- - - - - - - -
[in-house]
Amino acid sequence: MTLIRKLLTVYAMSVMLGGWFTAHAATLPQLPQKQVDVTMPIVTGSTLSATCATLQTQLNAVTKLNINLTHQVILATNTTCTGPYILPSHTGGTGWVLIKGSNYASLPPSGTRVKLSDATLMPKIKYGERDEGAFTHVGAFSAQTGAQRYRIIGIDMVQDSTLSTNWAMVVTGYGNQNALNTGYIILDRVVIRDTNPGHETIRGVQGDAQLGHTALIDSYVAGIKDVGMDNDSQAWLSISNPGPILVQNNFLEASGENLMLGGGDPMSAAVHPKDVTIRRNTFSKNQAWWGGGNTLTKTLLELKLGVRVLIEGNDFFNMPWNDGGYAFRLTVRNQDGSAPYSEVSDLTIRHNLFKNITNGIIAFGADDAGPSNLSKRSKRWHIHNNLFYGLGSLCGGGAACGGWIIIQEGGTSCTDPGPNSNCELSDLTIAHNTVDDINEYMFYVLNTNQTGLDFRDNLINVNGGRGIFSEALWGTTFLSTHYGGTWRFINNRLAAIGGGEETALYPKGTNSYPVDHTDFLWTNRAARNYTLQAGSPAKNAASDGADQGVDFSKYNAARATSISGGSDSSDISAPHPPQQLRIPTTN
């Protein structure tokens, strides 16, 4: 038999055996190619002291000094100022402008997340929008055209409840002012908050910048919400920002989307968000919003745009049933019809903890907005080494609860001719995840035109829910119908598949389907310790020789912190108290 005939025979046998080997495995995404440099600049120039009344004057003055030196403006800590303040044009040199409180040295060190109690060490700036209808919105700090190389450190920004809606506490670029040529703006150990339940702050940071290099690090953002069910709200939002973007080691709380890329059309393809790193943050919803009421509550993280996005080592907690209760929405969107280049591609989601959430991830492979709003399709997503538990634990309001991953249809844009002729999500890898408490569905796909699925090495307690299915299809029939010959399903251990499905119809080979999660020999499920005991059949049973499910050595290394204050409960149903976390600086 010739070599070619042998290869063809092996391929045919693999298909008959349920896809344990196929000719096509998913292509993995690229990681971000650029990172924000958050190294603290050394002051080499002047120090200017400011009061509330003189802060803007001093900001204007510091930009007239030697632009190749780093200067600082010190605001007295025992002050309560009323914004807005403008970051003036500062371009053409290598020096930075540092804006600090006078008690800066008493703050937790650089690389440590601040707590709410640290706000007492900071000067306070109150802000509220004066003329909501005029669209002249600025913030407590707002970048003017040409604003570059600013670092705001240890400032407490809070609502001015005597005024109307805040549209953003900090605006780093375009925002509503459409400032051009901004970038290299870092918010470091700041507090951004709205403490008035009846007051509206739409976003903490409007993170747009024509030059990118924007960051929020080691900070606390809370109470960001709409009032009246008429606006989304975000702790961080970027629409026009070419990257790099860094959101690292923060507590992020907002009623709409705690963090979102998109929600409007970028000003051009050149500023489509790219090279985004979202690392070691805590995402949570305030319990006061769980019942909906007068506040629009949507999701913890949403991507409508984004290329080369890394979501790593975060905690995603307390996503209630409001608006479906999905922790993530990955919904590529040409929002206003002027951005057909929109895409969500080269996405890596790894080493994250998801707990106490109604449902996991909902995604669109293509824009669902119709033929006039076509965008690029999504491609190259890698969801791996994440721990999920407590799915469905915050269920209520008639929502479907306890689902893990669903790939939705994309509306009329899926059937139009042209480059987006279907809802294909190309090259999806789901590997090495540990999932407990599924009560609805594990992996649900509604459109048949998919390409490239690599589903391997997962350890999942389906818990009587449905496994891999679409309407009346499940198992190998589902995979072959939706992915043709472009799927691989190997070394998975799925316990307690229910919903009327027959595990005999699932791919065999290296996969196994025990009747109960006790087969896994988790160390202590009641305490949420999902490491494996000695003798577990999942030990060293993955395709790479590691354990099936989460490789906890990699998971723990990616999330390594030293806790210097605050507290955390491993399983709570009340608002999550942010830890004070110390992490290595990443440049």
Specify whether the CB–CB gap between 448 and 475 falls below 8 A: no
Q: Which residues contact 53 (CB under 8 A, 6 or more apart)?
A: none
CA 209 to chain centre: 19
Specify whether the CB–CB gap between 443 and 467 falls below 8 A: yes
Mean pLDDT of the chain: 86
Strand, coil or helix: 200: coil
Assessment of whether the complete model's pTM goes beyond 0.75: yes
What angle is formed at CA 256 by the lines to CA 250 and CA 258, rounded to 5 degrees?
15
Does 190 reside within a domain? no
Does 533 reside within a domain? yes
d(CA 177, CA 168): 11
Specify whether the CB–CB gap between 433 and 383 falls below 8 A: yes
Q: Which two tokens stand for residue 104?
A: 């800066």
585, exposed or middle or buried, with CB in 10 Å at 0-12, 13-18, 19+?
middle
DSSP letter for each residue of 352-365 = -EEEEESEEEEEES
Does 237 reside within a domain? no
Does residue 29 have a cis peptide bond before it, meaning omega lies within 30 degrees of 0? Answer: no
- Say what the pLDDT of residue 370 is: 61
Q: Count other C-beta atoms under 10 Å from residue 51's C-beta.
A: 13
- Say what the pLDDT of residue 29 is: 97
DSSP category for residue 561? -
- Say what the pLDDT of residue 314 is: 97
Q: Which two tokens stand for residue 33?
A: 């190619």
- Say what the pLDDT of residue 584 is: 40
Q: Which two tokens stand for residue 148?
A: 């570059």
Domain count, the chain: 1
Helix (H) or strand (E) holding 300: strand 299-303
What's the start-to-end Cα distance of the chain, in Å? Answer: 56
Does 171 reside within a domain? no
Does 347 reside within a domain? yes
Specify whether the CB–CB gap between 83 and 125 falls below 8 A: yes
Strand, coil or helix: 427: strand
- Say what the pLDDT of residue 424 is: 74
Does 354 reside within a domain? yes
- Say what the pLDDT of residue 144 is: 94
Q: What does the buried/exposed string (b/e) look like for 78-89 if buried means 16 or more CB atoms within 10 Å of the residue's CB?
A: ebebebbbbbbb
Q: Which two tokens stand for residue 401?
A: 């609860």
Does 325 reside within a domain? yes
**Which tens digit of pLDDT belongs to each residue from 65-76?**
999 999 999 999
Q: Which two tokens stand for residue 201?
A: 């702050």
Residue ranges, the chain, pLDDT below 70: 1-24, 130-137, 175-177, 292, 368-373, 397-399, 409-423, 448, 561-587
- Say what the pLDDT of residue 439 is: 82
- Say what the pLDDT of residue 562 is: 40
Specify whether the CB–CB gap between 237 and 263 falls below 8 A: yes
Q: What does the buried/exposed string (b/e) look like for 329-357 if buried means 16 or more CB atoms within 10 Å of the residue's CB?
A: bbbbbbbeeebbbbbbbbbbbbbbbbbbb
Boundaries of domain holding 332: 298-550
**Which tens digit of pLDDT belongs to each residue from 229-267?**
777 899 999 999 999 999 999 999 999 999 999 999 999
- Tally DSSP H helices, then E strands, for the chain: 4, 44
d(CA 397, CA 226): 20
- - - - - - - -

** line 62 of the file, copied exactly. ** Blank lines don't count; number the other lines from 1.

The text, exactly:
**Which tens digit of pLDDT belongs to each residue from 229-267?**